Siu-Lung Leung

Born in Hong Kong in 1948, ‘Bruce’ Leung Siu-Lung was the eldest of twelve brothers (which included stuntman/martial arts actor/action choreographer ‘Tony’ Leung Siu-Hung) and he obtained his martial arts training from his father at the Cantonese Opera. He also learned different forms of Karate and Kung Fu from different masters, which would serve him well later in films where he showcased his talent in traditional combat and became a kung-fu star during the 70s & 80s.

Even though Leung Siu-Lung (Cantonese) “aka Liang Hsiao-Lung (Mandarin)” is his real name, he was known best to international kung-fu fans as Bruce Leung and/or Bruce Liang. His American name, “Bruce” was added on when he took his shot at the Bruce Lee clone phenomenon in the late 70s alongside Bruce Li (real name Ho Chung-Tao), Bruce Le (real name Huang Kin-Lung) and Dragon Lee. Unlike the other Bruce Lee look-a-likes, Leung Siu-Lung was compared to Bruce Lee and Jackie Chan for his effective martial arts, acrobatics and laughable humor; and tried his hand at only a few ‘Brucexploitation’ films which included ‘Bruce and the Iron Finger’ (aka Bruce Against the Iron Hand) with Bruce Li, and ‘The Dragon Lives Again’.

His beginnings in the film industry took off in the early 70s when the legendary Ng. See-Yuen (producer of Jackie Chan’s ‘Snake in the Eagle’s Shadow’ and ‘Drunken Master’) gave him his first role in ‘Little Superman’, the film that gained him recognition as a kung-fu star. He continued to showcase his mastery in martial arts in classic films like ‘My Kung Fu 12 Kicks’, Ten Tigers of Shaolin’, Showdown at the Equator’, ‘Kung Fu: The Invisible Fist’, ‘The Fists, The Kicks & The Evils’, ‘Black Belt Karate’, ‘The Fighting Machine’ and one of his most memorable roles in the Golden Harvest-produced cult classic, ‘Broken Oath’, which featured one of Hong Kong’s first internationally acclaimed female kung-fu stars, ‘Angela’ Mao-Ying (Enter the Dragon, Sting of the Dragon Masters “aka When TaeKwonDo Strikes”) and Sammo Hung (TV’s Martial Law, Jackie Chan’s Project A, Magnificent Butcher).He went on to work in numerous kung-fu films in the other years.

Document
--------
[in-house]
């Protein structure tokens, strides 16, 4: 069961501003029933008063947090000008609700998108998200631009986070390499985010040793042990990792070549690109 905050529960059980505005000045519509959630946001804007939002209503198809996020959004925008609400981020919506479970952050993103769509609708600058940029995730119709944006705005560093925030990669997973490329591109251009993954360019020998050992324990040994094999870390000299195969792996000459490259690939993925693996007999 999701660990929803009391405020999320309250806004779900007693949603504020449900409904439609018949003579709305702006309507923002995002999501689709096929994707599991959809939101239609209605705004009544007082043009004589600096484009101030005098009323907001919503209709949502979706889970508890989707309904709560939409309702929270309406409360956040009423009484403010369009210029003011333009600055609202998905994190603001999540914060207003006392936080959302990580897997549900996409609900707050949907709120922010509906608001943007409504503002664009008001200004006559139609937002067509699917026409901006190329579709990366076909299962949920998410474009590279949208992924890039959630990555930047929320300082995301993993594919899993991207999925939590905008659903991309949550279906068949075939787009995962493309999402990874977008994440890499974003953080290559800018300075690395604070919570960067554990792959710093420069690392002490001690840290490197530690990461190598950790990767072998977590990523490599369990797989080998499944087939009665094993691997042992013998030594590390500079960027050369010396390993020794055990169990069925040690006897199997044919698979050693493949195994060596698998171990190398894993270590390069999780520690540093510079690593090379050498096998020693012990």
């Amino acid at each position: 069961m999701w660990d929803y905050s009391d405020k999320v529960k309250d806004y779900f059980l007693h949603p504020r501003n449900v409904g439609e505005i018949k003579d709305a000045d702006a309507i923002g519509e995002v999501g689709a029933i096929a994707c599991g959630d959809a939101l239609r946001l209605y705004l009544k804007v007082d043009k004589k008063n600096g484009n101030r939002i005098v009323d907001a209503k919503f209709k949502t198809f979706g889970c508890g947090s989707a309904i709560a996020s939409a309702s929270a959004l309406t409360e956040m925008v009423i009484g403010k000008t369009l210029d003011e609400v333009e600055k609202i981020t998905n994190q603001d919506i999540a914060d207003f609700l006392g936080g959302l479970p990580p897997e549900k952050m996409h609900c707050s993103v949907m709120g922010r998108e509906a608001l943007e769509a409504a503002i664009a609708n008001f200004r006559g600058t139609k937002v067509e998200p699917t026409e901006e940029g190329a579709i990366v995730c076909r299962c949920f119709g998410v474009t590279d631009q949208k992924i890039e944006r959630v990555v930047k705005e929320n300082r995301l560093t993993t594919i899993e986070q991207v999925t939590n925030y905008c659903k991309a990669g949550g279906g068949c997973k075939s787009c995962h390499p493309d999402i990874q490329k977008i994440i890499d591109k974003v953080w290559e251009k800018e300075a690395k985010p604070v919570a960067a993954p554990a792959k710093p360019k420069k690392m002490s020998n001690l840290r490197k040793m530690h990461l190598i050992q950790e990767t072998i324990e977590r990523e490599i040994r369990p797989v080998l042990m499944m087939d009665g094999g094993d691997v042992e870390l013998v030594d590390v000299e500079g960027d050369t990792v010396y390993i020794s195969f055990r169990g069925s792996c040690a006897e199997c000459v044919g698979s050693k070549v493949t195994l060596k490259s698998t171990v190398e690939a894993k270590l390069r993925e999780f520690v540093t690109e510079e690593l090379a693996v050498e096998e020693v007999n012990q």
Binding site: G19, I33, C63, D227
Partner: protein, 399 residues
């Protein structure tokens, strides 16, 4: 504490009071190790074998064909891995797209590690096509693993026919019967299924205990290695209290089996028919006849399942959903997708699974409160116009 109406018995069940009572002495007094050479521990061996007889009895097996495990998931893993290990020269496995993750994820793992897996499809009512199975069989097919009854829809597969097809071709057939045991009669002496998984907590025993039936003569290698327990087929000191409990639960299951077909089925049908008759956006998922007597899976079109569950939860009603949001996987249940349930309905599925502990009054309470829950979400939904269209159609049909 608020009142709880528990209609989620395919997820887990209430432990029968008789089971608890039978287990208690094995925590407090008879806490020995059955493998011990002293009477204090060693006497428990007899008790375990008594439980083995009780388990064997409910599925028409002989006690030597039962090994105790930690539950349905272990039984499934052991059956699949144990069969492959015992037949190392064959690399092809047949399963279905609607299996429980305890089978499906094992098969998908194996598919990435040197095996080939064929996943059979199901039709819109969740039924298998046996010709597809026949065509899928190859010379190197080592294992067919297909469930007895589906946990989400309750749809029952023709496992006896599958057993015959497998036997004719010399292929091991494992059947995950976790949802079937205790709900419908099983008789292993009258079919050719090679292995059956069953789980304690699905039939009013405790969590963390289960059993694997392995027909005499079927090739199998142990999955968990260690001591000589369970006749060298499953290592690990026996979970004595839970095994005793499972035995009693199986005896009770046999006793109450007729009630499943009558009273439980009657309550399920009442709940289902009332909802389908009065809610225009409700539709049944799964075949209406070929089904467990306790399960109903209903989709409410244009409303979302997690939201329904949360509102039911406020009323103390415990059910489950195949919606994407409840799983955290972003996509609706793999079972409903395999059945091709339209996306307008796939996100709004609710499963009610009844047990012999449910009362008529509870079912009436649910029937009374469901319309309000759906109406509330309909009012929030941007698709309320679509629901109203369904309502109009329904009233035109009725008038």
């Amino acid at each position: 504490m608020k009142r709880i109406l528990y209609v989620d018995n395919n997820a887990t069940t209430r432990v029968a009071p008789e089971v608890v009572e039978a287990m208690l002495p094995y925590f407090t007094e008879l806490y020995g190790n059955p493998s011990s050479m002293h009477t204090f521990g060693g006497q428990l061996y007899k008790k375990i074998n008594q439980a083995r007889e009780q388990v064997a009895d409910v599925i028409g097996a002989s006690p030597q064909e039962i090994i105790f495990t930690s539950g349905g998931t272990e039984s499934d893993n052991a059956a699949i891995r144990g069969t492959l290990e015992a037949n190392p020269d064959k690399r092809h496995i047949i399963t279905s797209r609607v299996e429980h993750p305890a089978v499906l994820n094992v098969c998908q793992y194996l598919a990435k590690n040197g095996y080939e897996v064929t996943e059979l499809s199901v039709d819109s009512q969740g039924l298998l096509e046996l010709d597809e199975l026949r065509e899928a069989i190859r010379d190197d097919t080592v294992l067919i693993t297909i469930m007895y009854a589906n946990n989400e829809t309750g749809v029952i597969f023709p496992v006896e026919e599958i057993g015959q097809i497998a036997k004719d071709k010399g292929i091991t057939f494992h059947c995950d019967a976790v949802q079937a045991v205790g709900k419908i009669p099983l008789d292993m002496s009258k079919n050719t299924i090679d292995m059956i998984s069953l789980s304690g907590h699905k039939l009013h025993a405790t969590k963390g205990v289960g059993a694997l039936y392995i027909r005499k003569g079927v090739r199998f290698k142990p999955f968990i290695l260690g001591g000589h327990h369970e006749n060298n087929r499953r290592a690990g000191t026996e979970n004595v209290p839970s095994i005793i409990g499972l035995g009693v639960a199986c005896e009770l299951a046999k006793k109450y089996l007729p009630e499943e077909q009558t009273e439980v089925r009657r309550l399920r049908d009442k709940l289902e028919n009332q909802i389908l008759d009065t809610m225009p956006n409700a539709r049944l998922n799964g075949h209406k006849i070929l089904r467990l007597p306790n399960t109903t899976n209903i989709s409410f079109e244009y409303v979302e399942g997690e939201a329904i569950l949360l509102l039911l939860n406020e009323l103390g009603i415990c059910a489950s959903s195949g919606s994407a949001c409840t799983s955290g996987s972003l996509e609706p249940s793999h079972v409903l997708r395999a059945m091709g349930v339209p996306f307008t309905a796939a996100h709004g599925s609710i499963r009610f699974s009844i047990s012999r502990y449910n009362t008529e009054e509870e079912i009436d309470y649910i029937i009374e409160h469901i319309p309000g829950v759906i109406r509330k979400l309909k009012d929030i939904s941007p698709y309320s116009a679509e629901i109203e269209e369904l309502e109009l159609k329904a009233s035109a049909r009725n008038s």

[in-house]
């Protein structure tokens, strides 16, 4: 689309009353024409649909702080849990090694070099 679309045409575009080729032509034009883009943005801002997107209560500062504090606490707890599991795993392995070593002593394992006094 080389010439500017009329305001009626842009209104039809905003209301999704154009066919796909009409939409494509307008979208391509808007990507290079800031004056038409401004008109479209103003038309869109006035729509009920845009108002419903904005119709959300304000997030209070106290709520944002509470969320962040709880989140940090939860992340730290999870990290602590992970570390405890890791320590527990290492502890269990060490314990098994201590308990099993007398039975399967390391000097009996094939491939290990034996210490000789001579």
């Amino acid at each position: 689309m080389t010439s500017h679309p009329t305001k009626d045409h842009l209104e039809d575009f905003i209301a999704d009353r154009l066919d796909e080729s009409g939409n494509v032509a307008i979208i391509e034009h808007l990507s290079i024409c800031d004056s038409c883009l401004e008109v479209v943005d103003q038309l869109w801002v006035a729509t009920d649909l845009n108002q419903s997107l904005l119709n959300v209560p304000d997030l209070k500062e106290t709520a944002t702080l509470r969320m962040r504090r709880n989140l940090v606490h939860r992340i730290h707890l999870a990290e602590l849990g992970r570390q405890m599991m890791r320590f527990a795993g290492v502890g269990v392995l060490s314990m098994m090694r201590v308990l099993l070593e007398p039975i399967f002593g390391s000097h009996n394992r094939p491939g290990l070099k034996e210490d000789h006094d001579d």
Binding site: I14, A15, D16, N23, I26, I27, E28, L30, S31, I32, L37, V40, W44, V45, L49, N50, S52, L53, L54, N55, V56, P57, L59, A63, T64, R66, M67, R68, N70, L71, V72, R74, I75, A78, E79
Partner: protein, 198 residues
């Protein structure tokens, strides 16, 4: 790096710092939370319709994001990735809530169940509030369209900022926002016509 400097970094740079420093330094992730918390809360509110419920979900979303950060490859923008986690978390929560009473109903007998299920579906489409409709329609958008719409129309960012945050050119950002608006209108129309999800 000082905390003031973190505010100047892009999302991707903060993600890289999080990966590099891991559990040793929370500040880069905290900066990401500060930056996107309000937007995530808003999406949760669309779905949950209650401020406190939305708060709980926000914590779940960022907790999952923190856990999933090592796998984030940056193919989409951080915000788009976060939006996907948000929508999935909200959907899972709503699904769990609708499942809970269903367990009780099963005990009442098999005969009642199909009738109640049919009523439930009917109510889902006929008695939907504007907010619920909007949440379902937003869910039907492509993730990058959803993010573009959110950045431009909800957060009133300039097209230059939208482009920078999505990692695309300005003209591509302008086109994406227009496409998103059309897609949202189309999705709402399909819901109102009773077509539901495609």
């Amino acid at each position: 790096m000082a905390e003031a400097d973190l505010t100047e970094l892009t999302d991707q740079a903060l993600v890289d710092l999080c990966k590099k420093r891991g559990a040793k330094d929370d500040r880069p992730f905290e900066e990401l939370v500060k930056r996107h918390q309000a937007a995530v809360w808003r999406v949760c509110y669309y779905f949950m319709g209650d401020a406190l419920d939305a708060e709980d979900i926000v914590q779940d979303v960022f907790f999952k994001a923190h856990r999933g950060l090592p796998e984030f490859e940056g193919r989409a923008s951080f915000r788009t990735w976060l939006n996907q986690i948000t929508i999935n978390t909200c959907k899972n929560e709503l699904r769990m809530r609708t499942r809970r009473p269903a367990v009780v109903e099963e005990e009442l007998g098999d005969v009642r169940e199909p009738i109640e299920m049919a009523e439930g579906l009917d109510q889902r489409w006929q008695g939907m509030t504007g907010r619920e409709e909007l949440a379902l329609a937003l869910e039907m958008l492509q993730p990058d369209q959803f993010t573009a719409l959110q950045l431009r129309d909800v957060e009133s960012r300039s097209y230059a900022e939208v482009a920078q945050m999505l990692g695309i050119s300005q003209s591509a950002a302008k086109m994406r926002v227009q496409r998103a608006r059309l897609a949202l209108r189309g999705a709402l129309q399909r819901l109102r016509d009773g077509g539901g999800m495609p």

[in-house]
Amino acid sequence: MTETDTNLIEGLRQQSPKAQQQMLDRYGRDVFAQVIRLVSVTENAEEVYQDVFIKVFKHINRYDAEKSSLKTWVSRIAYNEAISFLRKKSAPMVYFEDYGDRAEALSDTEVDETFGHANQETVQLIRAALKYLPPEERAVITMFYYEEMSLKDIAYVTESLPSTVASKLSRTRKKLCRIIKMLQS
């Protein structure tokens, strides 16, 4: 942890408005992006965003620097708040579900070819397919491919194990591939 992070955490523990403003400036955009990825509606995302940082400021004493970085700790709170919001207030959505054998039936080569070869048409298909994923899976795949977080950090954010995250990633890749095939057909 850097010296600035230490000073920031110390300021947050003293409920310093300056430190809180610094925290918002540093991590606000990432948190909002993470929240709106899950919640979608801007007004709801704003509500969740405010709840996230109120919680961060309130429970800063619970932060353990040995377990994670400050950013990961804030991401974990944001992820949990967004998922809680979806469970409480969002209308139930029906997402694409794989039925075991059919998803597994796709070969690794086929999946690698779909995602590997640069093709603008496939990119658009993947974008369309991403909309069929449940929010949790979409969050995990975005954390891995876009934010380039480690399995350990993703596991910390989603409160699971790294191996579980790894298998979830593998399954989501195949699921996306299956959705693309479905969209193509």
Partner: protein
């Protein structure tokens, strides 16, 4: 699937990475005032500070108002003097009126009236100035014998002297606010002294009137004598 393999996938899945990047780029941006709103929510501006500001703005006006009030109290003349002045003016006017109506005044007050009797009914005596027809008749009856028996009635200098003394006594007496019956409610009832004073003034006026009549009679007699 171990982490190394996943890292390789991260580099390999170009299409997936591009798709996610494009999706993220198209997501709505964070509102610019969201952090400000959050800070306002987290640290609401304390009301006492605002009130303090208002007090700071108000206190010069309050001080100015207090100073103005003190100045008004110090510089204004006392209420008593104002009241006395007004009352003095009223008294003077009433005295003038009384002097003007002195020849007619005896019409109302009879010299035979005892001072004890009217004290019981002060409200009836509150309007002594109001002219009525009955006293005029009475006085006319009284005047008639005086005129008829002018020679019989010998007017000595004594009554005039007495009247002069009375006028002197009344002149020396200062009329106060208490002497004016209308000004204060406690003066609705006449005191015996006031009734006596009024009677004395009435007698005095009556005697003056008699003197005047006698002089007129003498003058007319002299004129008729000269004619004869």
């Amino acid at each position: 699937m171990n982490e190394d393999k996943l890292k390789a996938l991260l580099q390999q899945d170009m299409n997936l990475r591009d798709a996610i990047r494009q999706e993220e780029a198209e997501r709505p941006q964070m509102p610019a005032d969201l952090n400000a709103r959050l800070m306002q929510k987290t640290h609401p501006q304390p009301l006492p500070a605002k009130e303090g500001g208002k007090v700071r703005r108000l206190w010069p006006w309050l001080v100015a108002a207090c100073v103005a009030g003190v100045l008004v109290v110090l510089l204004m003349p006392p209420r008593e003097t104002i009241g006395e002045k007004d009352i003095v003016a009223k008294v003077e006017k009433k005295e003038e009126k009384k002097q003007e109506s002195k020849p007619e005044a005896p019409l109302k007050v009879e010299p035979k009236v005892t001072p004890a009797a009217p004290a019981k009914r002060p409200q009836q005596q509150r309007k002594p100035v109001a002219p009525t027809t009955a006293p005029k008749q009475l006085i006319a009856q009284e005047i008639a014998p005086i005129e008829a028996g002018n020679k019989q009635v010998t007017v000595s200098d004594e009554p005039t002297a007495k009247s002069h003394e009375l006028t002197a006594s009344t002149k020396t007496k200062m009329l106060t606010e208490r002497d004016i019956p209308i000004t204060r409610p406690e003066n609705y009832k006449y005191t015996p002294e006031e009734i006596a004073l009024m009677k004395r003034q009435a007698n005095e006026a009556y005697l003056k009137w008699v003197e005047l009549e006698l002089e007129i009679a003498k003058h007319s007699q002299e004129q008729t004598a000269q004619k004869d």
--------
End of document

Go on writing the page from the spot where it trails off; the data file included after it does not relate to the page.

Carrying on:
Some sources say that Leung Siu-Lung gathered the public’s attention and earned his fame when he encountered 13 armed attackers and defeated them single-handedly.

He was also a talented action choreographer for films where he crafted some quality martial arts sequences for ‘The Tattoo Connection’ with African-American Karate Champion Jim Kelly (Enter the Dragon, Black Belt Jones), ‘Bruce and the Iron Finger’ (aka Bruce Against the Iron Hand) with Bruce Li, ‘Rich & Famous’ with Chow Yun-Fat (Crouching Tiger,Hidden Dragon; Bulletproof Monk) and many more throughout the 80s and early 90s.

Leung Siu-Lung’s unfortunate disappearance from films would follow when he took a visit to Mainland, China, where the Communist government banned his film work. He wouldn’t be present in front of the cameras again for almost two decades but that wouldn’t stop him from returning in 2004, where he was given the opportunity to make a surprising comeback to play the part as the main villain, The Beast, in Stephen Chow’s blockbuster comedy, ‘Kung Fu Hustle’. That was his very first bad guy role ever.

Dispite his disappearance from films, Leung Siu-Lung’s on-screen return in ‘Kung Fu Hustle’ will hopefully reinvent him as the kung-fu legend he’s been throughout the 70s & 80s and help him gain some recognition to international newcomers.

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